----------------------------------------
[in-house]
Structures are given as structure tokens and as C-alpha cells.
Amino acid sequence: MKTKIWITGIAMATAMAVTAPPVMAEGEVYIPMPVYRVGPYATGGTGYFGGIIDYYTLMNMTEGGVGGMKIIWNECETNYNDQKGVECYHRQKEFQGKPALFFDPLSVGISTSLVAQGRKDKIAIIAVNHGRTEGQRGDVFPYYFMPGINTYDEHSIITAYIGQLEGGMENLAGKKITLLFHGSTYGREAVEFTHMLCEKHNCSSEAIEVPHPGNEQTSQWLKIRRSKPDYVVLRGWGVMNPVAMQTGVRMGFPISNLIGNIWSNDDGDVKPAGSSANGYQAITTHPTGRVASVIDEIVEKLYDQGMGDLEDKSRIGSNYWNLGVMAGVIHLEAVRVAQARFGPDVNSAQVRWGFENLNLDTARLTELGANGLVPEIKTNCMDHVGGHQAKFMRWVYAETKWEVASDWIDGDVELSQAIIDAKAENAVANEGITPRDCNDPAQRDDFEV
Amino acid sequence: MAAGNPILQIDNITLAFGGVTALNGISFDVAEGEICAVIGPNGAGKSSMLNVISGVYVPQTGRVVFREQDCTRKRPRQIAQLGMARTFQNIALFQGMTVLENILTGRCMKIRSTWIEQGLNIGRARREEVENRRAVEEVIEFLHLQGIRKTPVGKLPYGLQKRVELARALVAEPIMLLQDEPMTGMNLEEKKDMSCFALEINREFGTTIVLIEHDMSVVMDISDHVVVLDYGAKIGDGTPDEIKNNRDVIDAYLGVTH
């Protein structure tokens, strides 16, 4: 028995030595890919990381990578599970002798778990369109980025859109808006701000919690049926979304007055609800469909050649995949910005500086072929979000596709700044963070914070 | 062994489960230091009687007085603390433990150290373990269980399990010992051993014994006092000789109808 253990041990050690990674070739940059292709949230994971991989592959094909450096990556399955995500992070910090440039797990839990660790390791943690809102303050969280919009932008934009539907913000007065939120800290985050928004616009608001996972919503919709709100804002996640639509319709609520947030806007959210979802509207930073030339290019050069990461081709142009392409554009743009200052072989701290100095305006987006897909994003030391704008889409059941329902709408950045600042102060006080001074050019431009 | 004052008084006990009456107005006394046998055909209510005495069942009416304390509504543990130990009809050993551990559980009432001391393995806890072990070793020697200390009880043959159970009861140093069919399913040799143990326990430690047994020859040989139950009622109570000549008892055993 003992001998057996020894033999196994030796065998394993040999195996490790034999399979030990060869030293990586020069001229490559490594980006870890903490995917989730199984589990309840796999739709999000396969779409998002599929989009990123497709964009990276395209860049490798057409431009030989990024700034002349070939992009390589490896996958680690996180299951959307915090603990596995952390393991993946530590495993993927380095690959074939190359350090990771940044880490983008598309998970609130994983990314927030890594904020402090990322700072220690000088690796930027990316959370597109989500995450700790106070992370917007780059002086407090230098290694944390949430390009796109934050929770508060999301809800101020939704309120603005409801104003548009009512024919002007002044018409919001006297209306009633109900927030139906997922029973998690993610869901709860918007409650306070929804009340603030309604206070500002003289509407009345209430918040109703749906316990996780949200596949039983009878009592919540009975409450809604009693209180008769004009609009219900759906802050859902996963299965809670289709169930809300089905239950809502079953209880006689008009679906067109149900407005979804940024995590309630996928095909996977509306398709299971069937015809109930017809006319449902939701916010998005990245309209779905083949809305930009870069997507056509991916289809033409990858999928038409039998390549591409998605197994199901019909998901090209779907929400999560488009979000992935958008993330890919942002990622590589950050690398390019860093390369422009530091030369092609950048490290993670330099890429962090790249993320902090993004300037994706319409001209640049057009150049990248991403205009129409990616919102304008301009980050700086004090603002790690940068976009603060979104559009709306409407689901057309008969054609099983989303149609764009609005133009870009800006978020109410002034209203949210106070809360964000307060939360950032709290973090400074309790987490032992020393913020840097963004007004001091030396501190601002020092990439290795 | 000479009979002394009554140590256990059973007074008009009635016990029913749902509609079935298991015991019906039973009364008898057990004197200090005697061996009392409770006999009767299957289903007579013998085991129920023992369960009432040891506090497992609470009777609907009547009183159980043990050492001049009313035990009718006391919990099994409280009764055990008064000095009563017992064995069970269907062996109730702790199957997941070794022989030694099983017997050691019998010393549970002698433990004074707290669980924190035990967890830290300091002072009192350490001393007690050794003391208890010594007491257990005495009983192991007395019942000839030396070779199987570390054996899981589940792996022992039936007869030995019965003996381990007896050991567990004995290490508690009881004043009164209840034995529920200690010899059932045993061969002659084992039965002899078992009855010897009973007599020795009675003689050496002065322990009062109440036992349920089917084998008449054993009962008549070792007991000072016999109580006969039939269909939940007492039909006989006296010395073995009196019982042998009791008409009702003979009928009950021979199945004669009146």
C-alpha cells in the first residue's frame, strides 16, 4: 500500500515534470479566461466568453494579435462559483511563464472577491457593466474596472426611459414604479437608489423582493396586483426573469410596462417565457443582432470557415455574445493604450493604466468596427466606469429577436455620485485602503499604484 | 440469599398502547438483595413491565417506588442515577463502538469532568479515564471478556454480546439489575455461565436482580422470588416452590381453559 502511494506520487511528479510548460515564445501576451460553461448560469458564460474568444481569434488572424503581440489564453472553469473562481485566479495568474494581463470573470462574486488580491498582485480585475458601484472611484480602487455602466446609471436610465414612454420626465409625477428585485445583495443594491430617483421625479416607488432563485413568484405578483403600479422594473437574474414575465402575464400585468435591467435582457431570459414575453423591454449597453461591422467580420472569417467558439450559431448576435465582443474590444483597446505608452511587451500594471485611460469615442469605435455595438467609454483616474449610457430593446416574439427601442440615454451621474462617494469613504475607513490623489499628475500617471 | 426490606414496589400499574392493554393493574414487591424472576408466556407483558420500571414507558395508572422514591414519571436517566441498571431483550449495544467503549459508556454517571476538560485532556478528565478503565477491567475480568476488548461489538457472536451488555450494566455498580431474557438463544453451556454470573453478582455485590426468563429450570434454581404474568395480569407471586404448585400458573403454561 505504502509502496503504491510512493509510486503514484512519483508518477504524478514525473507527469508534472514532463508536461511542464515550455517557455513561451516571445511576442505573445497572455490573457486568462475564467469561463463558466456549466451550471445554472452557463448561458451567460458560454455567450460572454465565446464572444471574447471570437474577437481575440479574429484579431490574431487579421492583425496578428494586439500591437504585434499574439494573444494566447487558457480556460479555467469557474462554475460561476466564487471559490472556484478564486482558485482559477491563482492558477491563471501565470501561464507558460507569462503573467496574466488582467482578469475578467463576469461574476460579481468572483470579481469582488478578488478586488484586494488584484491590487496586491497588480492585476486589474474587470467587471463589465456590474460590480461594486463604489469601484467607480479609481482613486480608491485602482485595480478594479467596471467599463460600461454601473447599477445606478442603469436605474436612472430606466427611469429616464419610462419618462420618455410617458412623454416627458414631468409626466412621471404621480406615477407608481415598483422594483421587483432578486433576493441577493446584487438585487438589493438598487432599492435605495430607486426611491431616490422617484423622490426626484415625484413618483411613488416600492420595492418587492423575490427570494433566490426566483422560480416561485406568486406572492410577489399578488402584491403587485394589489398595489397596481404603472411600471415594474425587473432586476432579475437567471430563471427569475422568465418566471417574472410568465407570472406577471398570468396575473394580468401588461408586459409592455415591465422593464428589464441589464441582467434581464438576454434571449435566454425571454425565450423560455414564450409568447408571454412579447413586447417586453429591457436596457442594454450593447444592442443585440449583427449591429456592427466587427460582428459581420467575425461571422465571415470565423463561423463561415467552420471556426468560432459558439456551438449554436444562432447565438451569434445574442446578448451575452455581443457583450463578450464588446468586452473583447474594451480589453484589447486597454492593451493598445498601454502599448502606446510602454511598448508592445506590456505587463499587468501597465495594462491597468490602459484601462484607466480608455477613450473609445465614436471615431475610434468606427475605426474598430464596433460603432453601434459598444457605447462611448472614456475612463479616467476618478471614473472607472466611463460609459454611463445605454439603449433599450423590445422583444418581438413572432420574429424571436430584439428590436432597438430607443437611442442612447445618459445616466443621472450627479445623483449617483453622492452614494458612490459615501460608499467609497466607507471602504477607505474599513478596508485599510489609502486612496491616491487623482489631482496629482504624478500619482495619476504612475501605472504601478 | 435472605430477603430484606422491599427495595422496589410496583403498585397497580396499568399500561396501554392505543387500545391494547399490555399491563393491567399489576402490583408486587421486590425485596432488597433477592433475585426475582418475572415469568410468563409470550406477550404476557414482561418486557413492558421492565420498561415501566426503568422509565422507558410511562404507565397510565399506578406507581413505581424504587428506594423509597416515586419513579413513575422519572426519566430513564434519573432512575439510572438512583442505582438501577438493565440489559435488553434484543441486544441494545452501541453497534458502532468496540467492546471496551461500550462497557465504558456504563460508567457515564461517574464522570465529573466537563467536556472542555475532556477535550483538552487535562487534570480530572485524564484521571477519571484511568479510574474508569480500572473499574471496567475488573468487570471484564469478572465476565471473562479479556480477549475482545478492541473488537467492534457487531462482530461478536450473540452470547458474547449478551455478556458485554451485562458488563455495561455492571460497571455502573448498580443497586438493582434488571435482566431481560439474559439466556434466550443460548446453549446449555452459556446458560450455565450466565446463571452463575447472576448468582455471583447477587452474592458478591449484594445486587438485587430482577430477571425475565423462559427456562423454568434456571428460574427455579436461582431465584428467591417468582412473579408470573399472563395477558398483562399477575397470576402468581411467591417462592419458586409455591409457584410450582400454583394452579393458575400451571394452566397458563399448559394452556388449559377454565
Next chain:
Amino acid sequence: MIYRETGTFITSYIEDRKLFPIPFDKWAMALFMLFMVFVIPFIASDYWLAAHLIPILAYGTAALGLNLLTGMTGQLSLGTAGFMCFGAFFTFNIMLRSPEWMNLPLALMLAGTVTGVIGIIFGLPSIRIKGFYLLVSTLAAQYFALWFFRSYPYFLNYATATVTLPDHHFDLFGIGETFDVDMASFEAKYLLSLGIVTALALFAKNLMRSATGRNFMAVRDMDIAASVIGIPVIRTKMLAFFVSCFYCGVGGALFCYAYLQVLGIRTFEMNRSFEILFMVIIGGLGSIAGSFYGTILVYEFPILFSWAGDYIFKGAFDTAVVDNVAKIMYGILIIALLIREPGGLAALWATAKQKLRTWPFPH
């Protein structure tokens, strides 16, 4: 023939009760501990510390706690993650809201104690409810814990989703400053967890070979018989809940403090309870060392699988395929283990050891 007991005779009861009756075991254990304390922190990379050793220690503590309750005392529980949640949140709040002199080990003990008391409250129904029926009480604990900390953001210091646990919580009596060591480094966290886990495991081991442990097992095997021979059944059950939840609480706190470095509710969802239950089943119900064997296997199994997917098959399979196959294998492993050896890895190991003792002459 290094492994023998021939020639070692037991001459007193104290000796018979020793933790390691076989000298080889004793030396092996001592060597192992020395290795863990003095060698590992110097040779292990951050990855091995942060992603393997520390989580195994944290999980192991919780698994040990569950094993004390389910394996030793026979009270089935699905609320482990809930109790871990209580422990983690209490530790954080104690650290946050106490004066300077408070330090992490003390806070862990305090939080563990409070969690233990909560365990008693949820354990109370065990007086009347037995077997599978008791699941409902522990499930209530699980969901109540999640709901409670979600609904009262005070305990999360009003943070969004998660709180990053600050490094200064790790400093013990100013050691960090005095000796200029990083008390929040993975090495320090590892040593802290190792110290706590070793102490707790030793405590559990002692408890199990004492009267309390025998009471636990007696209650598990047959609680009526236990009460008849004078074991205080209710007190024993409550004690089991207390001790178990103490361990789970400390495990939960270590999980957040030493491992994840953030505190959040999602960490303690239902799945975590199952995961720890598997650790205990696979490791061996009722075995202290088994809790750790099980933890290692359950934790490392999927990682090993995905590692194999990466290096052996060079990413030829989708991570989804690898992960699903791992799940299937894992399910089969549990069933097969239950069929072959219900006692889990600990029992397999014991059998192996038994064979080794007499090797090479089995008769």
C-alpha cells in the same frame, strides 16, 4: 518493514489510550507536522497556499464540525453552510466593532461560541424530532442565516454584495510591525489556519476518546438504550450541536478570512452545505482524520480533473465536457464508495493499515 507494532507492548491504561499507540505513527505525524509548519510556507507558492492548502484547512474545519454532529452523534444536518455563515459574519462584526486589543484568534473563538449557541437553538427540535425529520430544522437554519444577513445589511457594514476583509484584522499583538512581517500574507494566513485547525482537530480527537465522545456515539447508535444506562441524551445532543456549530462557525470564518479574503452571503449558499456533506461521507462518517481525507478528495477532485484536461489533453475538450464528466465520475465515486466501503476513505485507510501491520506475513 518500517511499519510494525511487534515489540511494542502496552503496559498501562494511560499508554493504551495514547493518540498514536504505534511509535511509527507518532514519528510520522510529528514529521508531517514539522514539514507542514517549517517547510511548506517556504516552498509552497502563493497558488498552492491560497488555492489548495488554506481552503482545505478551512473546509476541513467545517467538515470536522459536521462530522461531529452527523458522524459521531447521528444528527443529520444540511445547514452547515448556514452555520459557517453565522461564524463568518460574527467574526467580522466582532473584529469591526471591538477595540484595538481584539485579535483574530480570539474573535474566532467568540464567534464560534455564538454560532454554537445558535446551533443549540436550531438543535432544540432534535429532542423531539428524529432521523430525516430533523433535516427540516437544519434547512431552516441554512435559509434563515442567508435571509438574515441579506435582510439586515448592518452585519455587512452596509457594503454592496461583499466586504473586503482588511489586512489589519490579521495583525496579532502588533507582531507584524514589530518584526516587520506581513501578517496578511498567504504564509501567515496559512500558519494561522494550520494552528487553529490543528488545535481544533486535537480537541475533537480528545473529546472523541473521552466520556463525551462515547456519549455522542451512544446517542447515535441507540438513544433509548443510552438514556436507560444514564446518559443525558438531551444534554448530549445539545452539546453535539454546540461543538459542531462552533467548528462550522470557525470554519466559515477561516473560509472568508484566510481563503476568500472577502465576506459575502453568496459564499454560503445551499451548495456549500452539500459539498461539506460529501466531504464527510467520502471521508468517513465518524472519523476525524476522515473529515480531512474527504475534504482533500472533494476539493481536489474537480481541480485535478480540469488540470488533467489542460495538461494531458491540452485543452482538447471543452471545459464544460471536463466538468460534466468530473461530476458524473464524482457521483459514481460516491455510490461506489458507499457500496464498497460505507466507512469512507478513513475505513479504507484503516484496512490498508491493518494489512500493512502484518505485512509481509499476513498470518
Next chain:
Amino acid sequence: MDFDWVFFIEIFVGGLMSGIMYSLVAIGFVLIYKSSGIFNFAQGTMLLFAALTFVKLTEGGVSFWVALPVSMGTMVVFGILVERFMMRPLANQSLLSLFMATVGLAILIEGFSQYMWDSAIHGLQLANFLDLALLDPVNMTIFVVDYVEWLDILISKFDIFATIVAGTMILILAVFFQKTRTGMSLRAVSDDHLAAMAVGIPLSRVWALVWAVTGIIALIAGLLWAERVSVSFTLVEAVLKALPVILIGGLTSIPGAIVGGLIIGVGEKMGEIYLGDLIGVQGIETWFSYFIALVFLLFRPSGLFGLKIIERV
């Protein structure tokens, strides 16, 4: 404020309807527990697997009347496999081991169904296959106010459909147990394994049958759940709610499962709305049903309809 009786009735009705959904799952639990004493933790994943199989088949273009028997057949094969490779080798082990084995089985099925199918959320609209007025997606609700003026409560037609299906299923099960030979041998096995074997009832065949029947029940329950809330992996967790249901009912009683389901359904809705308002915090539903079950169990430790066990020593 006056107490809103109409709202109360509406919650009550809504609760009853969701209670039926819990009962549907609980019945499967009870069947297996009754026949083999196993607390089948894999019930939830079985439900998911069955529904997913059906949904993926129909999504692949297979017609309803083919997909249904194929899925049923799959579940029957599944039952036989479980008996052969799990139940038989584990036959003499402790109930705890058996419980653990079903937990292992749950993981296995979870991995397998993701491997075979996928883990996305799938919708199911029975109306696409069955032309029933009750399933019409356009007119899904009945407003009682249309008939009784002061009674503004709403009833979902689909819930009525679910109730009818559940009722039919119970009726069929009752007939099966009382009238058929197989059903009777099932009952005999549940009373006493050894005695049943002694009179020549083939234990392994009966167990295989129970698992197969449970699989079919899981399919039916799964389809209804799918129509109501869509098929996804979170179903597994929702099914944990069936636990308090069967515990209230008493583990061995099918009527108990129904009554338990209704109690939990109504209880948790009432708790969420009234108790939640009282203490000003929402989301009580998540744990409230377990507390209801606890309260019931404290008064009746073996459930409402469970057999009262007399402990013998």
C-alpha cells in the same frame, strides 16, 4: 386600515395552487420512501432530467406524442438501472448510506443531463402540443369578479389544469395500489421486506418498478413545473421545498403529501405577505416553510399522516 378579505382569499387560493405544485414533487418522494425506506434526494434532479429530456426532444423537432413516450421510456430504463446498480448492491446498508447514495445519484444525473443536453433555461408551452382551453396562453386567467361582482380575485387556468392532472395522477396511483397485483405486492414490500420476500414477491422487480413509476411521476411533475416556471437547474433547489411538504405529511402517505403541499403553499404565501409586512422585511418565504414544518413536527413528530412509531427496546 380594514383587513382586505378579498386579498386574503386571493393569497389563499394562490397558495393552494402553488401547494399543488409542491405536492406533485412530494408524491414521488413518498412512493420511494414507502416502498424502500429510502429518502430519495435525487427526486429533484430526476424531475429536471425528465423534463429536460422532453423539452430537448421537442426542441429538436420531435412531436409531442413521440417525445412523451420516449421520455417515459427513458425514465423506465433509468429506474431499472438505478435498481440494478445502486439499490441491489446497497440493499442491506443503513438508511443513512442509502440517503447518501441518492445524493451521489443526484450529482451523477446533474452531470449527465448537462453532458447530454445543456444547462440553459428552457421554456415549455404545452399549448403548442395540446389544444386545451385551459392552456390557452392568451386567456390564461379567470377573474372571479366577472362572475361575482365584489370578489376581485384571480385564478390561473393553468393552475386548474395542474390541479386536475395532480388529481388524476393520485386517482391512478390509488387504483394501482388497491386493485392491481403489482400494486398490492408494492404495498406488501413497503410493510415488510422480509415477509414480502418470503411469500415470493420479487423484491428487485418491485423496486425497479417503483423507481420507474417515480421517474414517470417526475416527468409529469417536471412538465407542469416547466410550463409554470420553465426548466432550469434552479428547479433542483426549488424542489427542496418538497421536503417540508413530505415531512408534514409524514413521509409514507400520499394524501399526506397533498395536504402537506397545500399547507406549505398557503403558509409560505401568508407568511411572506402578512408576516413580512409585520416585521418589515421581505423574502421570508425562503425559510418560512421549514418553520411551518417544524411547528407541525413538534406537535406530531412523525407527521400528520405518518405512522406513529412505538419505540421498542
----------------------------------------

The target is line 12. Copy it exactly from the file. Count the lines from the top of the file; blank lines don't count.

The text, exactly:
Amino acid sequence: MDFDWVFFIEIFVGGLMSGIMYSLVAIGFVLIYKSSGIFNFAQGTMLLFAALTFVKLTEGGVSFWVALPVSMGTMVVFGILVERFMMRPLANQSLLSLFMATVGLAILIEGFSQYMWDSAIHGLQLANFLDLALLDPVNMTIFVVDYVEWLDILISKFDIFATIVAGTMILILAVFFQKTRTGMSLRAVSDDHLAAMAVGIPLSRVWALVWAVTGIIALIAGLLWAERVSVSFTLVEAVLKALPVILIGGLTSIPGAIVGGLIIGVGEKMGEIYLGDLIGVQGIETWFSYFIALVFLLFRPSGLFGLKIIERV